One of my best friends a few ago once told me that Bjork was trying too hard. I instantly began to object, no matter that we were in the middle of eating.
"Honestly Jenz, don't you think she's just doing what she's doing for the sake of it? Like, 'I'm going to be all awkward and shit because I can?' It's almost as if she's ahead of her own time," she said as I desperately tried to say something while swallowing a tasty sandwich.
Six years later, we have a convert.
Bjork's Shoreline Amphitheatre show proved that while she can be experimental and out there, she doesn't do it for the sake of her craft more so than to enhance it. For my being a gigantic fan of the Icelandic goddess herself, I was still blown away by epic proportions just to how much she nailed her set, clocking in at almost two hours.
Opening act Joanna Newsom was a great fit for starters, her creaky, childlike voice overlying the sharp plucks of her golden harp that stood taller than her. Text messages projected on the screens above her read "dear joanna newsom, please marry me. love, the guy on the lawn" and "kim, meet us @ the car after the show. hope you score with aaron." Classy.
Nothing could have prepared me for the sheer volume of visual overload Bjork and company was going to bring. It looked like a medieval parade in the royal court of the intergalactic dynasty. The kids in her orchestra, the oldest not looking more than sixteen, were wearing shiny neon sacks of color with a flag attached to their heads. This coupled with a background of large banners with royal crests and arms, and Bjork's arrival to the stage in a blue cap with silver footless tights was just too much. I could already go home having seen the amazingness of her wardrobe.
"Earth Intruders" was the opening song, a shattering ruckus of horns and voices clashing in seeming harmony and discord. I was astounded to find out Bjork's voice was filling the 50,000 capacity venue with the greatest of ease; I felt like I was in the first row up and center. Her pipes live produce a voice still achingly strong, violent, and heartbreaking. Her band uses equipment that after 120 minutes of staring at, I still don't know what they do - oddly shaped knobs and light tables shouldn't make the distortions and sounds they do by the mere taps they seemingly are subjected to.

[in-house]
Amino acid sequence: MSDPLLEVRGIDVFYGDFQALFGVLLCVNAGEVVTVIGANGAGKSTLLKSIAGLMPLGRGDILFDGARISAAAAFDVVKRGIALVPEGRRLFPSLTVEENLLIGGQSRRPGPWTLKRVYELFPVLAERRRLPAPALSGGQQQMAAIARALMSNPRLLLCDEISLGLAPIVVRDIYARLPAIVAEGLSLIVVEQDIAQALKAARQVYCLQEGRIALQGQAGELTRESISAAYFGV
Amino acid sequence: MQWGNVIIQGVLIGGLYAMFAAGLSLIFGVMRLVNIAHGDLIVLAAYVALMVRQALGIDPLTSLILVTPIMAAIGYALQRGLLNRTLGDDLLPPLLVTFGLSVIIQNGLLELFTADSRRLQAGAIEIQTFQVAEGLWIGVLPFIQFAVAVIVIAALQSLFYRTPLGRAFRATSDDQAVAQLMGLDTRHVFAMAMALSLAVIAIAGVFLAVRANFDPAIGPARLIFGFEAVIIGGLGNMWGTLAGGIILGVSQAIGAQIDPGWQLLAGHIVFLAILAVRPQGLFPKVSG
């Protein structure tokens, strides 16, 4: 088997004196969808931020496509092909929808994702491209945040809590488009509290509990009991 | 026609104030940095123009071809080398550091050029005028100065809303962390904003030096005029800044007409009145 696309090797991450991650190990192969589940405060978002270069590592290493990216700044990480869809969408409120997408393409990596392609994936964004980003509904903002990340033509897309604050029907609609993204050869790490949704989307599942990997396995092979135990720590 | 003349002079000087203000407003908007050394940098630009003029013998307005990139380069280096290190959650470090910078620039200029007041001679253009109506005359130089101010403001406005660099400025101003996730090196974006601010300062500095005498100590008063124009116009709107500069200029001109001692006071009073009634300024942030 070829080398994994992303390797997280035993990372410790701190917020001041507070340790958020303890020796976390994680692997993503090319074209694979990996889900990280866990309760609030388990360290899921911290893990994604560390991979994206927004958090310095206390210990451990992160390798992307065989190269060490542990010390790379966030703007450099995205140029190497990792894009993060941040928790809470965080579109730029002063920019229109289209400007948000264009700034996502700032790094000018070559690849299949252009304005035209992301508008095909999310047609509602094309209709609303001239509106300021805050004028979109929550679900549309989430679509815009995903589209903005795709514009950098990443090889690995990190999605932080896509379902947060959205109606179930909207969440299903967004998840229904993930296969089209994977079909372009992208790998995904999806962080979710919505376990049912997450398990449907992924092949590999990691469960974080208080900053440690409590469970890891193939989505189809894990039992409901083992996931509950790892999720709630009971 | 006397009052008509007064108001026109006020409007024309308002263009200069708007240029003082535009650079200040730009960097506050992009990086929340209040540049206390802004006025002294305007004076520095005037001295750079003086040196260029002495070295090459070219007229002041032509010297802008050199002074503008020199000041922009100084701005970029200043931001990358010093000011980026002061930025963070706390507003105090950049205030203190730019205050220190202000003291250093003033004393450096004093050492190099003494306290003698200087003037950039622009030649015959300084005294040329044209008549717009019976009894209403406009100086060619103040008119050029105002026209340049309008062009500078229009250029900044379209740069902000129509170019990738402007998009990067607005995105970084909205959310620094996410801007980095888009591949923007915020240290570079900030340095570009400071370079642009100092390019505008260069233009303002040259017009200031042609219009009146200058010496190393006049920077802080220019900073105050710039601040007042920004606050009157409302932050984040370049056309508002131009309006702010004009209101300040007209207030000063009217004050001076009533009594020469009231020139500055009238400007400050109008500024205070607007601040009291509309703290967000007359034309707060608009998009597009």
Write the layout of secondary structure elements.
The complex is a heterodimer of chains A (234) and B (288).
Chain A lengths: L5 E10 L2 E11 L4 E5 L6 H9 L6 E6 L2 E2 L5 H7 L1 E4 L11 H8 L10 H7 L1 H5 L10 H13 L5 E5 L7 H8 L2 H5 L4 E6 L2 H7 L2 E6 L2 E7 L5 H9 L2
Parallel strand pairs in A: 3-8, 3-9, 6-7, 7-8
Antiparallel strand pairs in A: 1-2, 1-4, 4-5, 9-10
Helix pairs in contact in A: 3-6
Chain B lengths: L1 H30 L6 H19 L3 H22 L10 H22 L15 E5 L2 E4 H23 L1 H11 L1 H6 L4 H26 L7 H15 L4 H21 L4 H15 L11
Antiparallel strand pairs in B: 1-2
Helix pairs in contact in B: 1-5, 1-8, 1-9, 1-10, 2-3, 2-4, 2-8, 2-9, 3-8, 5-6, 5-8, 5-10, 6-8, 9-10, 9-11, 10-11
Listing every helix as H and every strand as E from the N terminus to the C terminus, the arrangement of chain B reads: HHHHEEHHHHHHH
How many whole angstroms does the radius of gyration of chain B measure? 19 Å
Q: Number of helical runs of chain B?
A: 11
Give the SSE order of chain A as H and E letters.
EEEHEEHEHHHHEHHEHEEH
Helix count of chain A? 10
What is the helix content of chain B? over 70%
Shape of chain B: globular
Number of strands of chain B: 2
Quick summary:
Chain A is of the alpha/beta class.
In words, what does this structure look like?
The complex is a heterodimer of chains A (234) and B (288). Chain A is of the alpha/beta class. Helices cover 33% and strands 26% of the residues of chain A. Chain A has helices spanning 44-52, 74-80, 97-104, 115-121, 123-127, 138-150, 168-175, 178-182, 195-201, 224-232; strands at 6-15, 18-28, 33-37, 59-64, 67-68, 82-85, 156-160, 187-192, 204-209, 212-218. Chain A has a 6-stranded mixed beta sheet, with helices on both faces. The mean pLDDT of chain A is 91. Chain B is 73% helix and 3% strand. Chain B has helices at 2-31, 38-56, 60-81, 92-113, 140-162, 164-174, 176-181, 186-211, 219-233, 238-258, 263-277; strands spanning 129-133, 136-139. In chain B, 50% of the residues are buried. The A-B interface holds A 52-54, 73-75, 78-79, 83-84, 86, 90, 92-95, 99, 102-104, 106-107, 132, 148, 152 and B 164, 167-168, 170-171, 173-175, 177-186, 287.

Prime selections of the night included "Pagan Poetry," Bjork's voice piercing through the low mumble of air and crowd whispers straight into the hearts of the audience, the "I love him" line at the end just totally fucking killing me. "Army Of Me" was transformed into an electro sex buffet full of deep bass and heavy (I mean, heav-vy) synthesizers I thought would totally blow out the P.A. system. "Oceania" and "Innocence" also showcased the tight cohesion between band and singer wonderfully, but not before the second half of "Hyperballad" was turned into an impromptu rave.
Bjork is the gift that just keeps on giving. I walked out of the show completely spent and satisfied (I totally cried at one point during this ballad with a xylophone). Bjork is weird. That I acknowledge. But she's weird in such a beautiful way it's hard to look in the other direction.
By Jenn Hernandez